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The Indian Anti-Trafficking Bill, 2018: A Misguided Attempt to Resolve the Human Trafficking Crisis in India

Himanshu Pabreja Ankit Sharama - 15th January 2019

The controversial Trafficking of Persons (Prevention, Protection and Rehabilitation) Bill, 2018 (The Bill), is slated for debate and approval by the Indian Parliament’s upper house (Rajya Sabha) in its winter session which commenced on December 11, 2018. The Bill aims to prevent the trafficking of persons and provides mechanisms for the rescue, protection and rehabilitation […]

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The Employment Rights of Uber Drivers: A Battle Won, the War Goes On

Darcy du Toit - 14th January 2019

The judgment of the English Court of Appeal in Uber B.V. & others v Aslam & others (Case No: A2/2017/3467; 19 December 2018) has been hailed as a victory for workers. Uber’s business model, in common with many digital platforms, depends on classifying its drivers as independent contractors, who do not enjoy the rights of […]

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Indian Supreme Court Judge Calls for Abolishing the Death Penalty

Rahul Bajaj - 9th January 2019

In a powerful dissenting opinion that has reignited the debate on the retention of the death penalty in India, Justice Kurian Joseph of the Indian Supreme Court has called for a reassessment of the need for the death penalty. Justice Joseph’s dissent was delivered in an appeal by an accused sentenced to death for committing […]

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Analysing Malaysia’s Refusal to Ratify the ICERD

Kamilia Khairul Anuar - 7th January 2019

The Malaysian Minister of Diplomatic and Foreign Affairs, Saifuddin Abdullah, reaffirmed the new government’s commitment to improve Malaysia’s human rights track record, which included the ratification of the International Convention on the Elimination of All Forms of Racial Discrimination (ICERD). Recently, the ICERD has been thrust into heated public debate due to its perceived incompatibility with Malaysia’s […]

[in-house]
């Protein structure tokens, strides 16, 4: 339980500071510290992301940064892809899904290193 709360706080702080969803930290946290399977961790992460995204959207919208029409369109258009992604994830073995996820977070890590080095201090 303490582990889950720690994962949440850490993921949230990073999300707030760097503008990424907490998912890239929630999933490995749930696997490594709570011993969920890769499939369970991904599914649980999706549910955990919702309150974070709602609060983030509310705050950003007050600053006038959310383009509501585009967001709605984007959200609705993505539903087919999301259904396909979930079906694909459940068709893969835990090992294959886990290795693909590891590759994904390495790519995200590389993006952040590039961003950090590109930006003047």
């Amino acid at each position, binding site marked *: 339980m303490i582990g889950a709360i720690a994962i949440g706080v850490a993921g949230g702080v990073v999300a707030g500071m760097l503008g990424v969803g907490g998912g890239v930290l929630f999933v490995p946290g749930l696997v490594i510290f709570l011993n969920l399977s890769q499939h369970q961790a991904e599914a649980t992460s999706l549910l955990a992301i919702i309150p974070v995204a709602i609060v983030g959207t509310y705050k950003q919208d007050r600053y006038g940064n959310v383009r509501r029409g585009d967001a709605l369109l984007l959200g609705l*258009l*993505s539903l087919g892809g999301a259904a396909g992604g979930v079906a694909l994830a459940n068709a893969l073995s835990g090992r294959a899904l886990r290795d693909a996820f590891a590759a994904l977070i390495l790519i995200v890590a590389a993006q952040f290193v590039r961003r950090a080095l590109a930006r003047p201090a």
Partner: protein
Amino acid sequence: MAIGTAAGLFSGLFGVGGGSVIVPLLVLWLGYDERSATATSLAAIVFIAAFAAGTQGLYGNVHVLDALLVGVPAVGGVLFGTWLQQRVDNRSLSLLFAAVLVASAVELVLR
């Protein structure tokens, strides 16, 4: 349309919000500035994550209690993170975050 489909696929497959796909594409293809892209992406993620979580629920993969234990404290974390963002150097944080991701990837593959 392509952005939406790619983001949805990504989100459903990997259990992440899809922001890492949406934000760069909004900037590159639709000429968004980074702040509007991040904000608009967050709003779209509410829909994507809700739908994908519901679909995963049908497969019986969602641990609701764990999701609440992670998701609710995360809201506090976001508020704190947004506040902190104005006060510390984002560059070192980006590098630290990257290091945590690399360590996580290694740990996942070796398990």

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Happy New Year from the Oxford Human Rights Hub

admin - 24th December 2018

As 2018 draws to a close, the Oxford Human Rights Hub Blog is taking a break for the next couple of weeks. We’ll be back on the 7th January 2019, with more cutting-edge human rights developments and analysis, but in the meanwhile, we wish all of our readers a happy new year! Thank you to […]

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“Insensitive Advertising” of Foreign Domestic Workers in Singapore: A Violation of Human Dignity

Benjamin Joshua Ong - 22nd December 2018

Singapore’s Ministry of Manpower has suspended the licence of an employment agency for advertising the services of foreign domestic workers in an “insensitive” manner which portrayed the workers as a “commodity that can be bought and sold”.  It also prosecuted the agency and the employee responsible for the advertisements; the employee has pleaded guilty. The […]

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Coup, Constitution and Commission: Commission of Inquiry into Zimbabwean Electoral Violence Confirms Military Killings of Civilians

Jason Brickhill - 21st December 2018

In a series of earlier posts, I have tracked a series of events in Zimbabwe beginning with the military-assisted coup to remove Robert Mugabe and install Emmerson Mnangagwa as President. The coup of November 2017 and its assault on constitutionalism is the dark strand running through the ensuing events. In ‘Coup and Constitution’, I argued […]

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Veil of Discord: France’s Approach to Religious Clothing Condemned by the United Nations Human Rights Committee

Joris Bertrand - 19th December 2018

In three decisions issued on 10 August 2018 and 23 October 2018, the United Nations Human Rights Committee (UNHRC) found that France violated rights guaranteed under the International Covenant on Civil and Political Rights (ICCPR), because of its treatment of Muslim women wearing religious clothing. In the first case, an educational childcare centre employee was […]

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Major Federal Right to Education Lawsuit Filed in the U.S

Michael Rebell - 12th December 2018

Last month, 14 students and parents filed a class action law suit, Cook v. Raimondo, asking the U.S. District Court in the state of Rhode Island to declare that all students in Rhode Island–and all students throughout the United States–have a right under the U.S. Constitution to an education adequate to prepare them to be […]

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